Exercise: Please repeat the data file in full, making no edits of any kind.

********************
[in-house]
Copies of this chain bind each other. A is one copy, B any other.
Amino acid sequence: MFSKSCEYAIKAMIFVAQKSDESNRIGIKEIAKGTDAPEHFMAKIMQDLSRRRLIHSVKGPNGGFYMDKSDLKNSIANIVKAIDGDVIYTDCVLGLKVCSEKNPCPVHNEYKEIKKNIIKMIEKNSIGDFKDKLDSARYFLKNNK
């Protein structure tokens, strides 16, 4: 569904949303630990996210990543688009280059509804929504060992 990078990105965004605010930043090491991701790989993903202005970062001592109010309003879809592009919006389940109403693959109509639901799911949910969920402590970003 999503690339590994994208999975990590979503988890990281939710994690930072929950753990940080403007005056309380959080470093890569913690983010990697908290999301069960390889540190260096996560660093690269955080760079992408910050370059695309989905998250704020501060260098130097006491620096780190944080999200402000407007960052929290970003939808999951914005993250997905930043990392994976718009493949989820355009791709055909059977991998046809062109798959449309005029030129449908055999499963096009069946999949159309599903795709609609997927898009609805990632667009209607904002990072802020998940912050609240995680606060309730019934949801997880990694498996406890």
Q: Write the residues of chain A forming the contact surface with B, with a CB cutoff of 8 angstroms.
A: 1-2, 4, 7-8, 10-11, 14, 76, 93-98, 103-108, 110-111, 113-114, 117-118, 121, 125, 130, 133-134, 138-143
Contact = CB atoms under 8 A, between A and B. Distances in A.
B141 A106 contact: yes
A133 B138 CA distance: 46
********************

[in-house]
Copies of this chain bind each other. A is one copy, B any other.
Amino acid sequence: MFSKSCEYAIKAMIFVAQKSDESNRIGIKEIAKGTDAPEHFMAKIMQDLSRRRLIHSVKGPNGGFYMDKSDLKNSIANIVKAIDGDVIYTDCVLGLKVCSEKNPCPVHNEYKEIKKNIIKMIEKNSIGDFKDKLDSARYFLKNNK
């Protein structure tokens, strides 16, 4: 569904949303630990996210990543688009280059509804929504060992 990078990105965004605010930043090491991701790989993903202005970062001592109010309003879809592009919006389940109403693959109509639901799911949910969920402590970003 999503690339590994994208999975990590979503988890990281939710994690930072929950753990940080403007005056309380959080470093890569913690983010990697908290999301069960390889540190260096996560660093690269955080760079992408910050370059695309989905998250704020501060260098130097006491620096780190944080999200402000407007960052929290970003939808999951914005993250997905930043990392994976718009493949989820355009791709055909059977991998046809062109798959449309005029030129449908055999499963096009069946999949159309599903795709609609997927898009609805990632667009209607904002990072802020998940912050609240995680606060309730019934949801997880990694498996406890």
Q: Write the residues of chain A forming the contact surface with B, with a CB cutoff of 8 angstroms.
A: 1-2, 4, 7-8, 10-11, 14, 76, 93-98, 103-108, 110-111, 113-114, 117-118, 121, 125, 130, 133-134, 138-143
Contact = CB atoms under 8 A, between A and B. Distances in A.
B141 A106 contact: yes
A133 B138 CA distance: 46